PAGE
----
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Laser Cutting Technology: Why Choose It?

Laser Cutting Technology: Why Choose It?

Since people realised the precision and efficiency of laser cutting in the early 1960s, industrialists are looking for ways to implement this cutting-edge technology to their respective industries. That’s why, from clinical to aerospace use, laser cutting is ruling over metal integrity without raising any questionable eyebrows in case of profit. Article by FMB Trading & Engineering.

Laser cutting is usually the first step of the process before it continues down the line to undergo metal bending, metal rolling, and other types of metal fabrication in stainless steel, mild steel and aluminium.

But What Is This Laser Cutting That Everyone Is Talking About?

Laser cutting is a process to cut or engrave any material precisely, using a high-powered beam. Mostly, the entire process is based on computer-controlled parameters, directed by Computer Numerically Controlled (CNC) Machine from a vector CAD file.

The laser cutting technology is used for many industrial purposes, specifically, to cut metal plates, such as aluminium, stainless steel and mild steel. On these types of steel, laser cutting process is very precise compared to any other metal sheet cutting process. Besides, laser cutting process has a very small heat afterzone and also a small kerf width. That’s why it’s possible to delicate shapes and tiny holes for production.

How Laser Cutting Technology Works

Laser is a fancy acronym for Light Amplification by Stimulated Emission of Radiation, which is the main participant in this process, is a beam of heavily intensified light. This beam of light is formed by a single wavelength or single colour.

The laser machines use amplification and stimulation technique to transform electric energy into high density beam of light. The stimulation process happens as the electrons are excited via an external source, mostly an electric arc or a flash lamp.

The amplification process occurs within the optical resonator in the cavity, which is set between two mirrors. One of them is partially transmissive and the other one is reflective. The glasses allow beam’s energy to get back in the lasing medium and there it stimulates even more emissions. But if a photon isn’t aligned with machine’s resonator, the reflective and transmissive mirror do not redirect it. This ensures amplification of properly oriented photons only, thus creating a coherent beam.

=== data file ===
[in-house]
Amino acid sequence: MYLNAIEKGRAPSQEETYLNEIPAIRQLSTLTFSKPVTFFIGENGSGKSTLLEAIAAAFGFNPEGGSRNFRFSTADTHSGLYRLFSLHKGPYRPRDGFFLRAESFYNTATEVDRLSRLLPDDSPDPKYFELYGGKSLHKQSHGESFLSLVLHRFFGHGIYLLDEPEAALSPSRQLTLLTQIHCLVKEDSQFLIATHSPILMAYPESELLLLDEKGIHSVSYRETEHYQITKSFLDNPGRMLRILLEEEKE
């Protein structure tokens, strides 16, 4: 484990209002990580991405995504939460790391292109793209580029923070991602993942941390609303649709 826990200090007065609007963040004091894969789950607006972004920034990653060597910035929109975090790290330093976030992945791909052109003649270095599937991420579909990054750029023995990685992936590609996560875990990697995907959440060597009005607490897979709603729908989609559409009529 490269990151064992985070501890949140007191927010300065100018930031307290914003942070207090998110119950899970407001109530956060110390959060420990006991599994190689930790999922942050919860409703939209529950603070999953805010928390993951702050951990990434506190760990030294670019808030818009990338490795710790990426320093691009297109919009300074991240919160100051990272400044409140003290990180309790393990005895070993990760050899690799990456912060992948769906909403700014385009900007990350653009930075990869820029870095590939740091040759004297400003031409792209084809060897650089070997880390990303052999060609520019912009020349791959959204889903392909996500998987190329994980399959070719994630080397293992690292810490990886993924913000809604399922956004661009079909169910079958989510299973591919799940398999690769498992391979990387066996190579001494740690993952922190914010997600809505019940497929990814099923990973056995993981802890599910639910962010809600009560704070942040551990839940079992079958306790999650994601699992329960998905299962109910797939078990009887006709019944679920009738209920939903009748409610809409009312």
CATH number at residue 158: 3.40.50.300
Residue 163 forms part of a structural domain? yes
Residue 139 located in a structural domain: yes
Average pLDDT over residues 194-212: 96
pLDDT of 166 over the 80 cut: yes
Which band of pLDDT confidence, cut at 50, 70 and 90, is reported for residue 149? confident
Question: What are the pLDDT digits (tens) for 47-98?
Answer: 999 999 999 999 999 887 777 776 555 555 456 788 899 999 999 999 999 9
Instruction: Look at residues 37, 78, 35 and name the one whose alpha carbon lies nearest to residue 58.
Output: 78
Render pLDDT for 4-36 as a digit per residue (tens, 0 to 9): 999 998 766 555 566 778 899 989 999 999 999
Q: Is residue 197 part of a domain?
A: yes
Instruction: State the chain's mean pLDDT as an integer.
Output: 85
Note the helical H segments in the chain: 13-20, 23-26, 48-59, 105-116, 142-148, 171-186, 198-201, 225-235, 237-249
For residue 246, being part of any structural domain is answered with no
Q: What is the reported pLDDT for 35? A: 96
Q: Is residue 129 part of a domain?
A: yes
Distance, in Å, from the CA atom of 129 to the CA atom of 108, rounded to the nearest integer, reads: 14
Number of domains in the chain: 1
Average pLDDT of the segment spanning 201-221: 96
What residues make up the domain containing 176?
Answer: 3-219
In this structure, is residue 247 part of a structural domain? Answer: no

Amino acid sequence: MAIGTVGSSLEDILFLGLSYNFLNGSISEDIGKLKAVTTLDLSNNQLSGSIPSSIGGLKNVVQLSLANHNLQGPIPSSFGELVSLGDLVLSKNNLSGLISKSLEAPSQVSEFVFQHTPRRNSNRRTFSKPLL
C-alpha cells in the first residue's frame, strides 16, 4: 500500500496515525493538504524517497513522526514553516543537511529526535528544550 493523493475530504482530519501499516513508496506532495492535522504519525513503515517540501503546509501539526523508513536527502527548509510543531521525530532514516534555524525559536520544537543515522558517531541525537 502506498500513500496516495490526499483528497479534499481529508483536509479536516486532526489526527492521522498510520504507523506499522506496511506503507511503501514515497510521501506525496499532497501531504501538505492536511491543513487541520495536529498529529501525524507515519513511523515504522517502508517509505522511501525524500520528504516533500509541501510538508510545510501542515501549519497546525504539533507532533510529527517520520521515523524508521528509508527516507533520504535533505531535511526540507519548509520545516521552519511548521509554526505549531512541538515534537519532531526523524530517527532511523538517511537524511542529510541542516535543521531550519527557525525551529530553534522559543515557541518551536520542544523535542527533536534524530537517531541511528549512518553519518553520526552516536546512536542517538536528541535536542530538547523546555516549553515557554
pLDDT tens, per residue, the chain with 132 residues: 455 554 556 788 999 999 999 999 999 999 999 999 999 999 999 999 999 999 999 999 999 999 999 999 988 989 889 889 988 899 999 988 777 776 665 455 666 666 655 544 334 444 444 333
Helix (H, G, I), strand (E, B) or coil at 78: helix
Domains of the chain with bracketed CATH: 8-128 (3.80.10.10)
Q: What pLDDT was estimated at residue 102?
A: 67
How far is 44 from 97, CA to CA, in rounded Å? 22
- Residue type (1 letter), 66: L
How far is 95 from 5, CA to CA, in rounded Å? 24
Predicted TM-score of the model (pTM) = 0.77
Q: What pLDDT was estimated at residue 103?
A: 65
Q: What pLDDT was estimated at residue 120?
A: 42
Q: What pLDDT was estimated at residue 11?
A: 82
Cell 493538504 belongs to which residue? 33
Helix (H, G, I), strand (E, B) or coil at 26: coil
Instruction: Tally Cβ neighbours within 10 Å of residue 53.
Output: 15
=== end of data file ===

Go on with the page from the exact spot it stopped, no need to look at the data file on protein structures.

The colour or the wavelength of the laser that cuts through the metals depends on which type of laser is being used in the laser cutting process. But mostly, carbon dioxide (CO2) gets to cut the metals which is a highly intensified beam of Infra-red part of the light spectrum.

This type of beam travels through the Laser resonator before going through metal sheet to give them shapes. But before the beam falls over the metal plates, the focused light beam undergoes the bore of a nozzle, just before it hits a surface.

But focusing the light beam is not so easy. The laser has to go through a specialised lens or any type of curved surface. This focusing part of the laser happens inside the laser-cutting tip. The focusing is crucial to this cutting process because if the beam is not focused concisely, the shape will not be as expected. The operators cross check the focus density and width many times before hitting the metal with it.

By focusing this huge beam into a single point-like area, the heat density is increased. Then the high-temperature beam, focused on a single point can cut through even the strongest of metals. This works like the magnifying glass. When the solar rays fall on the magnifying glass, the curved surface gathers them into a single point, which consequently produces extreme heat in a small area and that’s why the dry leaf under the magnifying glass burns out.

The laser cutting process work on the same principle. It gathers lights into a small area that starts rapid heating, partial or complete meltdown and even vaporization of the material completely. This heat from laser beam is so extreme that it can start a typical Oxy fuel burning process when the laser beam is cutting mild steel.

And when the laser beam hits aluminium and stainless steel surface, it simply melts down the metal. Then the pressurised nitrogen blows away molten aluminium or steel to finish the industrial-grade clear and precise cutting.

On the CNC laser cutters, cutting tip/head is moved on the metal surface to create the desired shape. For maintaining accurate distance between the plate and the nozzle end, usually a capacitive height control system is adopted.

Maintaining this distance in this case is crucial because the distance determines where the focal area is relative to the surface of the metal plate. The precision of cutting can be diverted by lowering or raising the focal point from the surface.